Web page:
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Tim's Vermeer |
με τους Τιμ Τζένισον, Ντέιβιντ Χόκνεϊ, Κόλιν Μπλάκμορ, Πεν Τζιλέτ, Μάρτιν Μαλ, Φίλιπ Στέντμαν
Ο εφευρέτης Tim Jenison προσπαθεί να κατανοήσει τις τεχνικές ζωγραφικής που χρησιμοποίησε ο Ολλανδός μάστερ Johannes Vermeer.
Tim Jenison, a Texas based inventor, attempts to solve one of the greatest mysteries in all art: How did 17th century Dutch Master Johannes Vermeer ("Girl with a Pearl Earring") manage to paint so photo-realistically -- 150 years before the invention of photography? The epic research project Jenison embarks on to test his theory is as extraordinary as what he discovers.
Spanning eight years, Jenison's adventure takes him to Delft, Holland, where Vermeer painted his masterpieces, on a pilgrimage to the North coast of Yorkshire to meet artist David Hockney, and even to Buckingham Palace to see a Vermeer masterpiece in the collection of the Queen.
The Mystery of Vermeer
During the late 1650s, Vermeer and other Dutch artists began to place a new emphasis on depicting figures within carefully composed interior spaces. Vermeer’s works are small and rare. Of the 35 paintings attributed to him, all of them are admired for the detail in which he rendered the effects of light and color. Little is known for certain about Vermeer's career. His earliest signed and dated painting, The Procuress (1656), is thematically related to a Dirck van Baburen painting that Vermeer owned and that appears in the background of two of his own paintings. After his death Vermeer was overlooked by all but the most discriminating collectors and art historians for more than 200 years. Only after 1866, when the French critic Théophile Thoré-Bürger rediscovered him, did Vermeer's works become widely known.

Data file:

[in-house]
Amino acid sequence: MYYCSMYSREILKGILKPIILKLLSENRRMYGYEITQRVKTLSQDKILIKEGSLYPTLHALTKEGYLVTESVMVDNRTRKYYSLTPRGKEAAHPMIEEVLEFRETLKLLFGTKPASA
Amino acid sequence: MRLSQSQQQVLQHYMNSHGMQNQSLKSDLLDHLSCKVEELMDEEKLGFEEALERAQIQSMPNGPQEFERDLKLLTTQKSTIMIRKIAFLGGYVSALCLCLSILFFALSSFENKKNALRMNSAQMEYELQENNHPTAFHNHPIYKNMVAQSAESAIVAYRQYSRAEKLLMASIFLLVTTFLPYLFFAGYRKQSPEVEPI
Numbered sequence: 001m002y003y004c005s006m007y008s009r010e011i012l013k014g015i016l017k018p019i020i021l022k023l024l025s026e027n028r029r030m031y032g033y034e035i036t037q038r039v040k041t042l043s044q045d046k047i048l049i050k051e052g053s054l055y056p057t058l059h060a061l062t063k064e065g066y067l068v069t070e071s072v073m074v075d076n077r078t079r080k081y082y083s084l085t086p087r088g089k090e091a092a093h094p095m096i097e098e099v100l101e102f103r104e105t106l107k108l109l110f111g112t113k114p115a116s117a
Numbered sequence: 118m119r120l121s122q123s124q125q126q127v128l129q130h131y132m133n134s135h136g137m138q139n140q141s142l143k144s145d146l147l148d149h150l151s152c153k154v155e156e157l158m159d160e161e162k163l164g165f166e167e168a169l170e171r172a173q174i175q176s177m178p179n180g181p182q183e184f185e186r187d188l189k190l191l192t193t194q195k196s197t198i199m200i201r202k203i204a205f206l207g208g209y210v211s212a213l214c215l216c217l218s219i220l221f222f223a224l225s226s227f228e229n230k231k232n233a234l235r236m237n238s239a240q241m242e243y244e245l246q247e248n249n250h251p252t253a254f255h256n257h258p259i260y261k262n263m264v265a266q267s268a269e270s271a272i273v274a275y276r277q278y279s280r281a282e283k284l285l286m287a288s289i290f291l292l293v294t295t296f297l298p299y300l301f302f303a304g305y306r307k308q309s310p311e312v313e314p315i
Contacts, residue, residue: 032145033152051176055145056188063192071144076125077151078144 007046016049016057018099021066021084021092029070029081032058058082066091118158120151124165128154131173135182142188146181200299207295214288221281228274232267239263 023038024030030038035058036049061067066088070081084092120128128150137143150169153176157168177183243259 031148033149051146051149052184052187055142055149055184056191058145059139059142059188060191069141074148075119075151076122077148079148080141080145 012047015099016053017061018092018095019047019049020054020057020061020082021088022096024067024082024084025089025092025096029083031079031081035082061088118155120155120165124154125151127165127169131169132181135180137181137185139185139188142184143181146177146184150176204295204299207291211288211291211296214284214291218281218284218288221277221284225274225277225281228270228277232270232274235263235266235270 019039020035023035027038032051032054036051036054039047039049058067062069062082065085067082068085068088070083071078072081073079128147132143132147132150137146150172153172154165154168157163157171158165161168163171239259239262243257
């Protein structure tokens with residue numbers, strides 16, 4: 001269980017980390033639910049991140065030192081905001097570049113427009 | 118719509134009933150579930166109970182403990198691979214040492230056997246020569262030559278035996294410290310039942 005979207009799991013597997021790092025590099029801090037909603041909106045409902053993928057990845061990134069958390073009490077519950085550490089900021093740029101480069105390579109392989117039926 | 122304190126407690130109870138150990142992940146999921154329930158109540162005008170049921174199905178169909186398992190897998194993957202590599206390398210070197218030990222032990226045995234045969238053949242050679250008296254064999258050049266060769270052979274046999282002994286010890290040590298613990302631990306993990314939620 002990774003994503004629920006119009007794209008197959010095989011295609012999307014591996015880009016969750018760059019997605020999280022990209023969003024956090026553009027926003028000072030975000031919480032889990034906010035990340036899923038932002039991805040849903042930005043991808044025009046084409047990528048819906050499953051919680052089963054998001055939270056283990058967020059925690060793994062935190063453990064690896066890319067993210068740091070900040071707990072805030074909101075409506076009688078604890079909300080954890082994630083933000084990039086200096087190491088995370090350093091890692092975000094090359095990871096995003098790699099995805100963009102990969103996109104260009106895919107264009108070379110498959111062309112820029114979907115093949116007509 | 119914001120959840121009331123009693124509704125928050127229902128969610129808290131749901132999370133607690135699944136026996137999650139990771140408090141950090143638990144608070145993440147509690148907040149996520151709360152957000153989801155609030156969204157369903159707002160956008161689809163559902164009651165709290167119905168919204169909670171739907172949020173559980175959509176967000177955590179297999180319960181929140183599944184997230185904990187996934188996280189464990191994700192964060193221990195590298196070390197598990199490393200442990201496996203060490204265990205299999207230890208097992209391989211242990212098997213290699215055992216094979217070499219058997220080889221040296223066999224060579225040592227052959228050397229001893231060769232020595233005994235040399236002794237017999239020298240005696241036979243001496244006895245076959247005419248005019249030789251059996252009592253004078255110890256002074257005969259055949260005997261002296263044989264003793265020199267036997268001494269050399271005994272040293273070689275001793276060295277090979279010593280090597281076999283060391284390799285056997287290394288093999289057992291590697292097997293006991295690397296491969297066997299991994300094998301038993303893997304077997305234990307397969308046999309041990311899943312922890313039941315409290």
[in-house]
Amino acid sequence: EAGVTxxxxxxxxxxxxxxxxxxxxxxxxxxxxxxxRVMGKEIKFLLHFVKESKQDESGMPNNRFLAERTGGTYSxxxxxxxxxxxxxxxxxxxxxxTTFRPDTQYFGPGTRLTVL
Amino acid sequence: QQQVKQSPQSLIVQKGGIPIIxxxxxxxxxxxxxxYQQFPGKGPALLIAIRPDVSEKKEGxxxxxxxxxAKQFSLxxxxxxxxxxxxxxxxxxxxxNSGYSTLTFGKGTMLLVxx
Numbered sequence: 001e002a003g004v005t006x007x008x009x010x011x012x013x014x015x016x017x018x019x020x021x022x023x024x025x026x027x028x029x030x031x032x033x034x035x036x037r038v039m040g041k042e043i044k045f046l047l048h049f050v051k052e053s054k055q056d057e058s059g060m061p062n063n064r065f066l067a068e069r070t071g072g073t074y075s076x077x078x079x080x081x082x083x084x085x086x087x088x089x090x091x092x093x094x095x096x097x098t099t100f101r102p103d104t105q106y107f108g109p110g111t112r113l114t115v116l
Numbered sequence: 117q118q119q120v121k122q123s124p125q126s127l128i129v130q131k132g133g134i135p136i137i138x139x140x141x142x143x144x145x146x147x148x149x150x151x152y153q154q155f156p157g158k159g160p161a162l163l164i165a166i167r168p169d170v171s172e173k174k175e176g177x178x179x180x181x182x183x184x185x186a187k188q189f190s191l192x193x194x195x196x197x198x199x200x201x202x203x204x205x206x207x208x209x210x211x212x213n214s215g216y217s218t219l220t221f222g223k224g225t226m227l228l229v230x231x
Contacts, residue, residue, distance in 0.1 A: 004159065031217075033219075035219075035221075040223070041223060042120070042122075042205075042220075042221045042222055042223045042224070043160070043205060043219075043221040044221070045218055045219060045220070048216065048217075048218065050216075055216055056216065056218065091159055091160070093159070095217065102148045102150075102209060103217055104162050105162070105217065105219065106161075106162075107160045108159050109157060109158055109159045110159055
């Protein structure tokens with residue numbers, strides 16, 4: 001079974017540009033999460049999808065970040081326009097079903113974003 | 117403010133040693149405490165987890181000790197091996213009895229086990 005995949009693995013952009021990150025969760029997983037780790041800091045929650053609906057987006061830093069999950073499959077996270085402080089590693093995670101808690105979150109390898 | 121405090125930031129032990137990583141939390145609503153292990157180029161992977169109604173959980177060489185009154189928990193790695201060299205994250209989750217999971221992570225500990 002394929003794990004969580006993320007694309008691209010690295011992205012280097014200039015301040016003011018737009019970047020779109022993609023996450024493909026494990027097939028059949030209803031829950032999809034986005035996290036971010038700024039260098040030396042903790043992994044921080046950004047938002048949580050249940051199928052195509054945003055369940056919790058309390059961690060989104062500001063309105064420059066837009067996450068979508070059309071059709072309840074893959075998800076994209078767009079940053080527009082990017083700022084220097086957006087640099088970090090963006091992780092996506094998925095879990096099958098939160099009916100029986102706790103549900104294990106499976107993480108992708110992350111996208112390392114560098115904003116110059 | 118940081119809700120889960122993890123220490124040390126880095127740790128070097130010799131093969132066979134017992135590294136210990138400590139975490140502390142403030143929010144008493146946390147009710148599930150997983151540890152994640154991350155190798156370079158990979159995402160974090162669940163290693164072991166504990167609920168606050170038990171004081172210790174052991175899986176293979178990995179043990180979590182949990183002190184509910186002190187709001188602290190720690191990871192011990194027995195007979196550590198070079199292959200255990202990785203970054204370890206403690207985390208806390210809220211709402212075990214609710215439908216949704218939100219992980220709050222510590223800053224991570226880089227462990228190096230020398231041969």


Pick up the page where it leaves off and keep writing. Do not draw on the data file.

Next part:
Tim’s Vermeer is not the first look into Vermeer’s likely use of optics in his works. Professor Philip Steadman (seen in the film) caused a sensation in the art world in 2001 when he published his book Vermeer’s Camera. Steadman investigated the suspicions of art historians who suggested Vermeer used a camera obscura, an optical device that could project the image of sunlit objects placed before it with extraordinary detail. However, Steadman’s experiment used a technique known as “reverse perspective” which produced startling results. He found that six of the Vermeer paintings he analyzed depicted the same room, the painter’s studio in Delft, and the geometry of the six was consistent with their being projected on to the back wall of the room using a lens and then traced.
These findings were not intended to challenge Vermeer's genius but rather to show how, like many artists, Vermeer was able to use technology to paint his extraordinary compositions more accurately. Nevertheless, Steadman’s book caused a storm of controversy, dividing art historians while convincing many scholars in the history of science, technology, optics and photography.
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5/9/2013 (Καναδάς, Φεστιβάλ Τορόντο)
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